Water management impacts on arsenic speciation and iron-reducing bacteria in contrasting rice-rhizosphere compartments. Academic Article uri icon


  • Rice cultivated on arsenic (As) contaminated-soils will accumulate variable grain-As concentrations, as impacted by varietal differences, soil variables, and crop management. A field-scale experiment was conducted to study the impact of intermittent and continuous flooding on As speciation and microbial populations in rice rhizosphere compartments of soils that were either historically amended with As pesticide or unamended with As. Rhizosphere-soil, root-plaque, pore-water and grain As were quantified and speciated, and microbial populations in rhizosphere soil and root-plaque were characterized. Total-As concentrations in rhizosphere and grain were significantly lower in intermittently flooded compared to the continuously flooded plots (86% lower in pore-water, 55% lower in root-plaque and 41% lower in grain samples). iAs(V), iAs(III), and DMAs(V) were the predominant As species detected in rhizosphere-soil and root-plaque, pore-water and grain samples, respectively. Relative proportions of Archaea and iron-reducing bacteria (FeRB) were higher in rhizosphere soil compared to root-plaque. In rhizosphere soil, the relative abundance of FeRB was lower in intermittently flooded compared to continuously flooded plots, but there were no differences between root-plaque samples. This study has demonstrated that reductions in dissolved As concentrations in the rhizosphere and subsequent decreases in grain-As concentration can be attained through water management.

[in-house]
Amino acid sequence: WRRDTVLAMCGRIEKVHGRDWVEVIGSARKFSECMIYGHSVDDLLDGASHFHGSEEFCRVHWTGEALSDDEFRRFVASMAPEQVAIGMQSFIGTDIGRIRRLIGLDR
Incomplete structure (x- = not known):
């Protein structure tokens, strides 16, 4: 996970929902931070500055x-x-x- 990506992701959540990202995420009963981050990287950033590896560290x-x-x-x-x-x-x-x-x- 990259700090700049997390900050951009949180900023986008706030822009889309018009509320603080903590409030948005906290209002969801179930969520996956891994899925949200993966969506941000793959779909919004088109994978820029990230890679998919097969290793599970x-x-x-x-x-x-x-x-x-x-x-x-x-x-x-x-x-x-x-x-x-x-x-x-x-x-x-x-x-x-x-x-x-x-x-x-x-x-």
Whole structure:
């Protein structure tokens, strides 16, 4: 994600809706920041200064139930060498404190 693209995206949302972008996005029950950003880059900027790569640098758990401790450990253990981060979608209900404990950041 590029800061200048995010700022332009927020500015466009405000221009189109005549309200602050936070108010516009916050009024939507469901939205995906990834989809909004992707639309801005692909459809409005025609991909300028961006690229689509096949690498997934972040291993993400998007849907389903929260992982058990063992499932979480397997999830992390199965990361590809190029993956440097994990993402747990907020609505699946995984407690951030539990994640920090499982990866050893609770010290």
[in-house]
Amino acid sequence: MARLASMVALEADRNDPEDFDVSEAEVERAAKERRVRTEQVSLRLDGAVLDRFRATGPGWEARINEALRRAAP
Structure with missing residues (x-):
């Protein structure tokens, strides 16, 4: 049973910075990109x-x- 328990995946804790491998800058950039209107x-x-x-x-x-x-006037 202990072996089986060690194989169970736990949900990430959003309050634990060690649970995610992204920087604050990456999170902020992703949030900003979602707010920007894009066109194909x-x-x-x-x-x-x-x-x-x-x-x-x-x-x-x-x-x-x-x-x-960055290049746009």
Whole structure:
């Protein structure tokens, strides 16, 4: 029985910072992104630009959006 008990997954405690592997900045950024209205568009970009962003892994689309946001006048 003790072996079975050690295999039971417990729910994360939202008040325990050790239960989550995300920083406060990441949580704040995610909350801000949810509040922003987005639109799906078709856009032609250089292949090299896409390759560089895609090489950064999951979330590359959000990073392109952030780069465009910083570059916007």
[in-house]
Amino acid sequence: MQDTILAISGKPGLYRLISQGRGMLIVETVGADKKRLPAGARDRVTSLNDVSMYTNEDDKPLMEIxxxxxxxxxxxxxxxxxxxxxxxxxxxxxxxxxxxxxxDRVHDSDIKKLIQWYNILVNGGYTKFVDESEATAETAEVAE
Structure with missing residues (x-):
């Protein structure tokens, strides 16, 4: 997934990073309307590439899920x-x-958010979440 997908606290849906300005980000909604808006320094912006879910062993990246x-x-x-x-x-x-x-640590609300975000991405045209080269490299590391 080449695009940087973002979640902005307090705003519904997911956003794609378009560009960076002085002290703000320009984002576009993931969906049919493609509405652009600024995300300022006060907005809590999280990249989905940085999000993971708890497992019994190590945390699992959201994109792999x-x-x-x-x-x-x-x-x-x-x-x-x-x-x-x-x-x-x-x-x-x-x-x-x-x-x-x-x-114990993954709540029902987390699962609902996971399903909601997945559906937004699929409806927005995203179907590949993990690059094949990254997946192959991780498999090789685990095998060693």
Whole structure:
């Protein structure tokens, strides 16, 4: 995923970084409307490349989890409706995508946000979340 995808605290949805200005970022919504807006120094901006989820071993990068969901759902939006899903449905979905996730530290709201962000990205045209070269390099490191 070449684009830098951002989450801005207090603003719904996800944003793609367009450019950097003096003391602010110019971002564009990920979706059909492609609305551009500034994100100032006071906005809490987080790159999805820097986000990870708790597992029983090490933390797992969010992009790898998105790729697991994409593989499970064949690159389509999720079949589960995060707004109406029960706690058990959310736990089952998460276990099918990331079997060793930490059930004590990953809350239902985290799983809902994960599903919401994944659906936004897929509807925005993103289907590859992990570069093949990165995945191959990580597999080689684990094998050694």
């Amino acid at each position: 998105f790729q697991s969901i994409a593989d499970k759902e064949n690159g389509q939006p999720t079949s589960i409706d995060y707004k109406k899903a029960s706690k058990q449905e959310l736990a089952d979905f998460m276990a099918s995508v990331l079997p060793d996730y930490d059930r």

published proceedings

  • Environ Sci Technol

altmetric score

  • 1

author list (cited authors)

  • Somenahally, A. C., Hollister, E. B., Yan, W., Gentry, T. J., & Loeppert, R. H.

citation count

  • 95

complete list of authors

  • Somenahally, Anil C||Hollister, Emily B||Yan, Wengui||Gentry, Terry J||Loeppert, Richard H

publication date

  • October 2011